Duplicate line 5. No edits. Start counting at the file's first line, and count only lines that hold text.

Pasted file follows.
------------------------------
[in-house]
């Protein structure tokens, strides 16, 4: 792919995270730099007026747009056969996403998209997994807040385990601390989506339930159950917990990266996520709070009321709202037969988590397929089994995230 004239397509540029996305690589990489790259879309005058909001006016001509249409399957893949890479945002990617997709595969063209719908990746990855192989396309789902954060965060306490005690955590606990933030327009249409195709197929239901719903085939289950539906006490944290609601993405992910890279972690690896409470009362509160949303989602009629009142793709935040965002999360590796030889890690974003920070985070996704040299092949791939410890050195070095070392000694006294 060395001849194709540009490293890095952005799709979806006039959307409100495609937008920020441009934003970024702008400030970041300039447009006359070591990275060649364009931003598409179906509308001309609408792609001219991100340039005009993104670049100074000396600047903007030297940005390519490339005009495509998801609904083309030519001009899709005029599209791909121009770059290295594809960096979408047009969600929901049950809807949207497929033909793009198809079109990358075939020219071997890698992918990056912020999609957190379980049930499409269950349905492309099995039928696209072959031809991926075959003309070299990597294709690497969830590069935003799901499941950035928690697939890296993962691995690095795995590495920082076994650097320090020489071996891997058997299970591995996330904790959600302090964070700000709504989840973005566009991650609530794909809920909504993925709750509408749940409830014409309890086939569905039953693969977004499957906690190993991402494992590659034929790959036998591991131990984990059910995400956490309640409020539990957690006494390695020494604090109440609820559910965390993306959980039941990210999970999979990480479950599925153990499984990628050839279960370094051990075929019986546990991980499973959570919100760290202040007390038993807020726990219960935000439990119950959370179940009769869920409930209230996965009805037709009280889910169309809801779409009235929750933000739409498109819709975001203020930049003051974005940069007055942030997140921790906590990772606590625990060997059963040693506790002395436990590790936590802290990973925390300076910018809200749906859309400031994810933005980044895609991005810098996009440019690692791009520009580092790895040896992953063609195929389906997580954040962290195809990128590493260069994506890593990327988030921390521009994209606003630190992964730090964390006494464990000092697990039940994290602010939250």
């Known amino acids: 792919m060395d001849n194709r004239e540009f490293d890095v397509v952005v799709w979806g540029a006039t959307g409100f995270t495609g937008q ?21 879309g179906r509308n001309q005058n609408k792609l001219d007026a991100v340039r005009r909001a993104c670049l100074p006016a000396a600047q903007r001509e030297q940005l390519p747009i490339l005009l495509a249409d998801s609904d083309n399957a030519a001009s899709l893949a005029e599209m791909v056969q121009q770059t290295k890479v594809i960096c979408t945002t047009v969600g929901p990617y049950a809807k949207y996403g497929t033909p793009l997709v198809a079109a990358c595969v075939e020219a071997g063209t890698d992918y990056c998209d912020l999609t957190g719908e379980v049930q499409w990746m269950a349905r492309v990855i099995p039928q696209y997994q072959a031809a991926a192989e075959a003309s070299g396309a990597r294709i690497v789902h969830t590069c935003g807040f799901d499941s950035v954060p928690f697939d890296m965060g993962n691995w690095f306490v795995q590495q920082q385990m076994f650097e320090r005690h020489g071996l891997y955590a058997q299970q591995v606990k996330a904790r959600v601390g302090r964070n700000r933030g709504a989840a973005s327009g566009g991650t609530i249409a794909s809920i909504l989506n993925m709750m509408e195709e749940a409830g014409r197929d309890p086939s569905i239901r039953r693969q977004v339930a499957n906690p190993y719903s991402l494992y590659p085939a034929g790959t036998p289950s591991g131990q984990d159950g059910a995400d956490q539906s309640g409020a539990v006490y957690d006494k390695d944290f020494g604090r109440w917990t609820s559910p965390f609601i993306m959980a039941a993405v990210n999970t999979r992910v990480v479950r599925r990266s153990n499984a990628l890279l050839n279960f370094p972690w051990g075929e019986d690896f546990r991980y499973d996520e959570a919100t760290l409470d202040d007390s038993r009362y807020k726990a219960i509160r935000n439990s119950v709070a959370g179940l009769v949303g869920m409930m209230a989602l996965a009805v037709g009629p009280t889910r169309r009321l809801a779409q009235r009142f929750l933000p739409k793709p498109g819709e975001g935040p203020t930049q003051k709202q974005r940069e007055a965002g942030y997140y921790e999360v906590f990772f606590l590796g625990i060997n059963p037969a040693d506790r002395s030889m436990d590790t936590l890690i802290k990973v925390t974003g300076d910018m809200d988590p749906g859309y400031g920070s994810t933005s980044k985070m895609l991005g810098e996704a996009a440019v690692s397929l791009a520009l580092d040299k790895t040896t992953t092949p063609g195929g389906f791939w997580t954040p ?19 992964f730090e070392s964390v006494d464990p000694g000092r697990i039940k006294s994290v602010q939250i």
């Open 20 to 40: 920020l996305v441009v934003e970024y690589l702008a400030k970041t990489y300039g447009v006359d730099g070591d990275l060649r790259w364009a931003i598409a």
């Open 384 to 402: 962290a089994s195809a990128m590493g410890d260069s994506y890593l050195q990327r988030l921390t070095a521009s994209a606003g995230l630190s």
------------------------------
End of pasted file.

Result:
């Open 384 to 402: 962290a089994s195809a990128m590493g410890d260069s994506y890593l050195q990327r988030l921390t070095a521009s994209a606003g995230l630190s």